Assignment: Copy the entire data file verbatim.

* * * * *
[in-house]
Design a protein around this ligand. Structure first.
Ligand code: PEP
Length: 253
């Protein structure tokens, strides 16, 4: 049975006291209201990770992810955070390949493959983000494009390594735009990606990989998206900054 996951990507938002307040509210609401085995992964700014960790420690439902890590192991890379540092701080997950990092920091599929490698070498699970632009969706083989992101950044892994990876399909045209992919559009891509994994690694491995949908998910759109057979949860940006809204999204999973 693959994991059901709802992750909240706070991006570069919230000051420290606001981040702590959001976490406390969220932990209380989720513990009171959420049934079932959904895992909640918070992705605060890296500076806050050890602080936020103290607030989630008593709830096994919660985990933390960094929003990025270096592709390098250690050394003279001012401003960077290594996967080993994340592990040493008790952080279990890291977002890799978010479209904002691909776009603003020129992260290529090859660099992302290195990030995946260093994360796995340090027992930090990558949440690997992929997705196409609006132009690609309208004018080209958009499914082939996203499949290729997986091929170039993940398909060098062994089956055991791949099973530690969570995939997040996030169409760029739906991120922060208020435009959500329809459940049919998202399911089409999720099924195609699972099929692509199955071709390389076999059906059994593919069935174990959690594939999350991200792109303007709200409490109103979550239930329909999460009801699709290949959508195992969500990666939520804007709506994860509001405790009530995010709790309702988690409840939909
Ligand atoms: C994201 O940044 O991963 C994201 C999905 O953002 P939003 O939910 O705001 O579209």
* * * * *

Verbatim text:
[in-house]
Design a protein around this ligand. Structure first.
Ligand code: PEP
Length: 253
């Protein structure tokens, strides 16, 4: 049975006291209201990770992810955070390949493959983000494009390594735009990606990989998206900054 996951990507938002307040509210609401085995992964700014960790420690439902890590192991890379540092701080997950990092920091599929490698070498699970632009969706083989992101950044892994990876399909045209992919559009891509994994690694491995949908998910759109057979949860940006809204999204999973 693959994991059901709802992750909240706070991006570069919230000051420290606001981040702590959001976490406390969220932990209380989720513990009171959420049934079932959904895992909640918070992705605060890296500076806050050890602080936020103290607030989630008593709830096994919660985990933390960094929003990025270096592709390098250690050394003279001012401003960077290594996967080993994340592990040493008790952080279990890291977002890799978010479209904002691909776009603003020129992260290529090859660099992302290195990030995946260093994360796995340090027992930090990558949440690997992929997705196409609006132009690609309208004018080209958009499914082939996203499949290729997986091929170039993940398909060098062994089956055991791949099973530690969570995939997040996030169409760029739906991120922060208020435009959500329809459940049919998202399911089409999720099924195609699972099929692509199955071709390389076999059906059994593919069935174990959690594939999350991200792109303007709200409490109103979550239930329909999460009801699709290949959508195992969500990666939520804007709506994860509001405790009530995010709790309702988690409840939909
Ligand atoms: C994201 O940044 O991963 C994201 C999905 O953002 P939003 O939910 O705001 O579209």